I’m Stronger

For girls to thrive, they must have access to programs specifically tailored to their needs and have their experiences considered across humanitarian operations.

Programming for girls must not only identify an inclusive physical space where girls can safely meet with peers and mentors, but it must also deliver interventions tailored to the age-vulnerability-capacity profiles of the girls. Informed by their input, these should focus on building assets: Social, Human/Health, Economic and Physical.

As soon as possible after an emergency, humanitarian actors should design and implement targeted, asset-building programs for adolescent girls that reduce their unique vulnerabilities, support their health, promote their development, and strengthen their resilience to future shocks.

An integrated, holistic approach to humanitarian programming for girls cannot ignore the influential persons in their lives or their communities, nor can humanitarian action disregard the national institutions or laws that impact their trajectories and opportunities.

Inner Info Circle Outer Info Circle Full Circle

Building Protective Assets | A Research Snapshot

Strong Girls
Strong Girls, Powerful Women

Program learning from three humanitarian settings.

A girl no more
A Girl No More: The Changing Norms of Child Marriage in Conflict

Results from formative research in three countries.

Empowere Safe
Empowered & Safe: Economic Strengthening for Adolescent Girls

A review of programs and theory of change.

Adolescent Girls
Adolescent Girls & Safer Livelihoods

A case study and webinar on pilot work in South Sudan.

Promoting an Enabling Environment | A Research Snapshot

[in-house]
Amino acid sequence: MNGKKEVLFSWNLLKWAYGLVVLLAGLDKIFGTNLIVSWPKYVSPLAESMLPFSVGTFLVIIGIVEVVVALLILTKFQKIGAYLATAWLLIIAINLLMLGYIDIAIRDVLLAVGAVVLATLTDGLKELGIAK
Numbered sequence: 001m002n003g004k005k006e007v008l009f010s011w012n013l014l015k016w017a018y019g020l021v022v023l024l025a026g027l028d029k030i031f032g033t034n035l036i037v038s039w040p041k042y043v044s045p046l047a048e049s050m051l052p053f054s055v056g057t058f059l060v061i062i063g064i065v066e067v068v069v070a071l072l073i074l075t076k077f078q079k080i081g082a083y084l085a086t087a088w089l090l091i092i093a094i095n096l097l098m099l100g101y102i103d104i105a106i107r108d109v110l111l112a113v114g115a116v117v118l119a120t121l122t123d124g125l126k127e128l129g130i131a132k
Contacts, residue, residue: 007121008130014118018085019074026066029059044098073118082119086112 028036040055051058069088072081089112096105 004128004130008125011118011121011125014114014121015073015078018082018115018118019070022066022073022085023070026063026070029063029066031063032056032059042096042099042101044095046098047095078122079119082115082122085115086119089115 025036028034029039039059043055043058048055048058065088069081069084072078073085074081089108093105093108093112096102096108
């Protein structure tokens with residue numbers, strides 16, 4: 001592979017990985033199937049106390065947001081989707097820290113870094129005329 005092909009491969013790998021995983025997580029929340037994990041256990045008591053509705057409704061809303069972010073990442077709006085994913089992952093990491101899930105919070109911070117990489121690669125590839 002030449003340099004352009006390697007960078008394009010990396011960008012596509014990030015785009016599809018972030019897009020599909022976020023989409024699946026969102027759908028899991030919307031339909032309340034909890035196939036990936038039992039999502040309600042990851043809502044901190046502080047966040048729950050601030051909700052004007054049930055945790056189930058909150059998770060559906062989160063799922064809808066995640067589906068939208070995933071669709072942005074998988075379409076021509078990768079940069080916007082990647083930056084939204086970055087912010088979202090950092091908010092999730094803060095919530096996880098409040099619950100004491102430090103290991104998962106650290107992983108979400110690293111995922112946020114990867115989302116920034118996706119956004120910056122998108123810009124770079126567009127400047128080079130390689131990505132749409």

The national and international frameworks that establish girls’ rights. Uphold and advocate for them.
Global Campaign
Global Campaign for Equal Nationality Rights

Mobilizes international action 
to end gender discrimination 
in nationality laws.

Call to action
Call to Action on Protection from Gender-Based Violence in Emergencies

A multi-stakeholder initiative that aims to transform the way GBV is addressed in emergencies

Forced From Home
Forced from Home

The lost boys and girls of Central America.



Social connections, including networks, group membership, and relationships with peers and mentors.


Knowledge, skills, access, and experiences related to health, education, and well-being.


Financial literacy, savings, and income.


Infrastructure, tools, shelter, and technology.



Mothers and sisters, fathers and brothers, and other family members. Humanitarians should partner with them.


The influential persons who often exert authority over local resources, livelihood opportunities, and social norms. We can engage them.


The entities, systems, and structures responsible for supporting girls before, during, and after a crisis. They must be strengthened and improved.


The national and international frameworks that establish the rights of girls. We need to uphold and advocate for them.